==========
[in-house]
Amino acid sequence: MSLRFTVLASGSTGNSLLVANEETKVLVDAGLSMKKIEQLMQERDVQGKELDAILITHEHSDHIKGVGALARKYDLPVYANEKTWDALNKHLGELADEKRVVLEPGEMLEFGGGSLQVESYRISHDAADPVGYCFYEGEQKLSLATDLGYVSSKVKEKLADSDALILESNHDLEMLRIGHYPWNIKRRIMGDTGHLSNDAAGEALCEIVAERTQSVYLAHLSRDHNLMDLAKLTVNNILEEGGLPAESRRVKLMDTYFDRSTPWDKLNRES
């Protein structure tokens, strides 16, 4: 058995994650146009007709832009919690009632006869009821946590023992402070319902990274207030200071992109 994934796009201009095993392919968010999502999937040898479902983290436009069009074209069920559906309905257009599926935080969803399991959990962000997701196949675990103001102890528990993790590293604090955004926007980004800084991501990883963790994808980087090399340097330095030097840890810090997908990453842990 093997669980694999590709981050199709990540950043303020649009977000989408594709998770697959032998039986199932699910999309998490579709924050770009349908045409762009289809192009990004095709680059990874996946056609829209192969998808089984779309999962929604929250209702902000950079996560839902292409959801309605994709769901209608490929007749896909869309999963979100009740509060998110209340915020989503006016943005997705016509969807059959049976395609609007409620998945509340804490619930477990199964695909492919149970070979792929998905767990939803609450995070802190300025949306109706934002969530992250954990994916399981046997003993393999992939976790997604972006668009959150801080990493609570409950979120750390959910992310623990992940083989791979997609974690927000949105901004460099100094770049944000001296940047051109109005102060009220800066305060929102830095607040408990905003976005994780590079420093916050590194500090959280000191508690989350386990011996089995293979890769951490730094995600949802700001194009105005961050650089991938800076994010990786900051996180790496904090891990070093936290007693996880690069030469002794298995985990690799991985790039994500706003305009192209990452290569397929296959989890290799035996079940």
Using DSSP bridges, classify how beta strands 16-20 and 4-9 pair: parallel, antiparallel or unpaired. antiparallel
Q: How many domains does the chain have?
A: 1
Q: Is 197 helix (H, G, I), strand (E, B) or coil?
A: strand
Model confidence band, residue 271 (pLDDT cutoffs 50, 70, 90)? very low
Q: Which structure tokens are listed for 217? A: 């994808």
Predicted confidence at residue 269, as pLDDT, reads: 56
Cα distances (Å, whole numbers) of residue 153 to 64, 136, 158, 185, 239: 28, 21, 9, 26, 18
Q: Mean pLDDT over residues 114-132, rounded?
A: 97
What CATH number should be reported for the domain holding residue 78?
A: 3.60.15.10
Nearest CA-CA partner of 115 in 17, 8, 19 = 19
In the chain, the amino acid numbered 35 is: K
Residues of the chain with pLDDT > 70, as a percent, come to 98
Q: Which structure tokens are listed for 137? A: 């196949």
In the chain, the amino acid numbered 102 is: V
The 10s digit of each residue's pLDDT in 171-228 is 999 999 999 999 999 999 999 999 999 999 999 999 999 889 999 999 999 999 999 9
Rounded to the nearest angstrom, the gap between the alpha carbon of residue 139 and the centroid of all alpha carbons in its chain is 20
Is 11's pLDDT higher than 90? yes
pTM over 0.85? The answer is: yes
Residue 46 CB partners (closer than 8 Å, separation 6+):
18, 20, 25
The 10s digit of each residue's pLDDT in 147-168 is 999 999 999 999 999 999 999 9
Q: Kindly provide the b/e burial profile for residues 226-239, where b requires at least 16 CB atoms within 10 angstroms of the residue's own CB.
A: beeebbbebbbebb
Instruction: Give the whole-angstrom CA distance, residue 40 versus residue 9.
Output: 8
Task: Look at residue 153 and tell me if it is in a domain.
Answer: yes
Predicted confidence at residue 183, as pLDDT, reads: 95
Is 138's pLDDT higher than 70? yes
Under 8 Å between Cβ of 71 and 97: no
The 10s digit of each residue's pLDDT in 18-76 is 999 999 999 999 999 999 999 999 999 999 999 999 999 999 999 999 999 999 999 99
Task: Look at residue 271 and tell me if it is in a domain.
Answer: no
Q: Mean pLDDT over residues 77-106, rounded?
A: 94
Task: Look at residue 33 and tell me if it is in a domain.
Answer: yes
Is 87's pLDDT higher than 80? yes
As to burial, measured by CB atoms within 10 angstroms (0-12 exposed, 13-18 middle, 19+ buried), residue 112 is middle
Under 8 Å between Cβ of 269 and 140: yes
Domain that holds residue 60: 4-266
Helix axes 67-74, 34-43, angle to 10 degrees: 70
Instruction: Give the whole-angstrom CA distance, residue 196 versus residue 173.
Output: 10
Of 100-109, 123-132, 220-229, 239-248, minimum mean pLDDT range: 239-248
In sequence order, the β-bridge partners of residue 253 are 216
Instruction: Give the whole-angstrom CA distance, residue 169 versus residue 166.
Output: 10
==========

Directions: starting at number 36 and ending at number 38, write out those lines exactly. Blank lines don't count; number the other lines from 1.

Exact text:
Is 138's pLDDT higher than 70? yes
Under 8 Å between Cβ of 71 and 97: no
The 10s digit of each residue's pLDDT in 18-76 is 999 999 999 999 999 999 999 999 999 999 999 999 999 999 999 999 999 999 999 99